Bruno Pizza

204 E 13th St. New York, NY 10003(212) 598-3080 brunopizzanyc.com

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As a rule, it’s generally frowned upon to like your in-laws, much less love them, but when they find you gems like Bruno’s it’s kinda hard not to love the bejesus out of them. A “hot list” mention in Turkish Vogue (yes, there’s a Turkish Vogue), my mother in-law decided to give it a whirl. And then another and another, and before she knew it she was a dervish going back and forth to this restaurant five times in an eight week period. And while I had never even heard of the place myself, if it’s one thing my in-laws know- well, it’s probably diplomacy. But if there are two things, it’s food. So, I made it priority and grabbed wifey to head down for a bite.

The place is much hipper than most pie places, but the subway car-shaped dinning space with white on white box seats that double as a torture device and a music selection that does the same, it starts to make you feel like you’re in Guantanamo being forced to balance your ass on a cinder block whilst being exposed to shrieks and shrills that try to pass themselves off as music.

So already docking one star for setting, the food was going to have to do a ton of work to climb back out of the hole they were starting in. And my glass of wine wasn’t helping things either. Not because the wine itself was bad, in fact it was a very nice Syrah, but it was served in a glass reeking so heavily of the detergent it was washed in that it took away form the bouquet of the vino.

And then suddenly Bruno went on a tear, opening with an Ultimate Brussels sprouts, every bit as good as Ilili, but without the fried guilt, which so many other restaurants are doing now, loading up the sprouts with bacon and other goodies to the point where they are more like French fries than vegetables. But not Bruno. They let the sprouts shine through, with just the right amount of pizazz to make them special. Pizazz courtesy of apple butter, shishito peppers and puffed black rice.

As for the pies themselves, both were outstanding and both were served up on a whole wheat crust, shockingly enough. But not your typical, earthy, over-powering whole wheat. This is done in such a subtle way that you get all of the good and none of the bad, leaving you with a crust that rivals some of the best you could ever name.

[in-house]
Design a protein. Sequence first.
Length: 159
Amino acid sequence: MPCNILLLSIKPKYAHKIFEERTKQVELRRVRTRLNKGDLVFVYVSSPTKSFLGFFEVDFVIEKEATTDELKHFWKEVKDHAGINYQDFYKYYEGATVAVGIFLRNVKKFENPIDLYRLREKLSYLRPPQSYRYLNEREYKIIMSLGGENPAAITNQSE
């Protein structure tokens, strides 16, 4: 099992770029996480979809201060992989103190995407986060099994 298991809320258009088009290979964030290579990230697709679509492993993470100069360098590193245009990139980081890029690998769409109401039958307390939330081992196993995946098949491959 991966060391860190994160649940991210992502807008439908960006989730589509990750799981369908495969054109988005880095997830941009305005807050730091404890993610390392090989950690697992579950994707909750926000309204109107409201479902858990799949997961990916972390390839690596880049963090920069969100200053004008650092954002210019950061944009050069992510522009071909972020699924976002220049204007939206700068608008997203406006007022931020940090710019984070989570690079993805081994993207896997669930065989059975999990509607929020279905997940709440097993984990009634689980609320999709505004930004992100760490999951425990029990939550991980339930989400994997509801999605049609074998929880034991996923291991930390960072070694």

The first of the pies was the Tasso Ham topped with smoked blue cheese, thinly sliced Fuji apples, sage and shallots. It’s excellent, but being the heat-seeker that I am, I found that it needed crushed red pepper to give it balance.

On the other hand, the Mushroom pie doesn’t need a thing other than your mouth, and is the best shroom pie I’ve had since Oenotri in Napa, CA. Topped with a blend of locally sourced fungi ranging from shitake to cremini, paired with a decadent béchamel, chives and chiles.

And to finish off, while the options are slim, they prove to be all you need. A refreshing duo of gelatos of which we opted for the Meyer lemon variety. But Bruno doesn’t do anything expected, serving it up with freshly sliced kumquats, mulberries, lemon curd and meringue brittle. It was so much more than we expected, capping the night on the highest of highs.

If you fashion yourself as a pizza connoisseur, then you need to hop your bones in cab and head to Bruno’s, presto!

4 teeth

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Marta

29 E 29th St. New York, NY 10016(212) 689-1900martamanhattan.com

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So, while Danny Meyer is busy reconstructing Madison Square Park to accommodate a bigger and badder Shake Shack, apparently he decided to take up thin crust pizza as a hobby in lieu of burgers.

Located in the Martha Washington Hotel lobby, hence the origin of the name, the restaurant feels a little homeless, not being its own thing. Granted it takes up about 95% of the lobby, so perhaps it’s the lobby that’s truly homeless? All of that aside, they do a nice job with décor. Open and contemporary with a sizeable amount of seating. But don’t let that fool you. You practically have to sell a kidney to get a table for dinner. Fortunately for my internal organs, lunch reservations come much easier.

A quick bite, however, it most certainly is not. The service runs at an escargot pace, so if you’re doing a business lunch, I recommend blocking a good two hours, because two Diet Cokes took over 30 minutes to hit our table. Lucky for me I went with a glass of Brunello, which only took about a third of that.

The pies also take quite a while, nearly 45 minutes, but I’m happy to report that most of them were worth the wait. Especially the Testa made with pig face and celery. It’s so inventive and just as scrumptious. A close second was the carbonara. Just as the name implies, it’s topped with bacon and egg and fontina. And it’s damn fine.

The least impressive of the three was also the least inventive, the funghi, made with hen of the woods mushrooms. It’s certainly good if you have your heart set on shrooms, but compared to the likes of the funghi at Oenotri in Napa, this tastes like something you can get in the freezer section at Whole Foods. And I mean that with all due respect.

Now, assuming you’ve cleared your calendar and venture on towards dessert, here’s what you should know- it’s nowhere near as great as other reviewers claim. The affagato was easily the better of the two, but be warned, it’s very untraditional, made with honey and kumquats as opposed to espresso. The ice cream is incredible, however, and truly makes the dish shine. On the other hand, the chocolate and pistachio ice cream sandwich with mascarpone ice cream was significantly less radiant. About as basic as it gets, tasting like something you could get at TGI Fridays… back in the 80’s.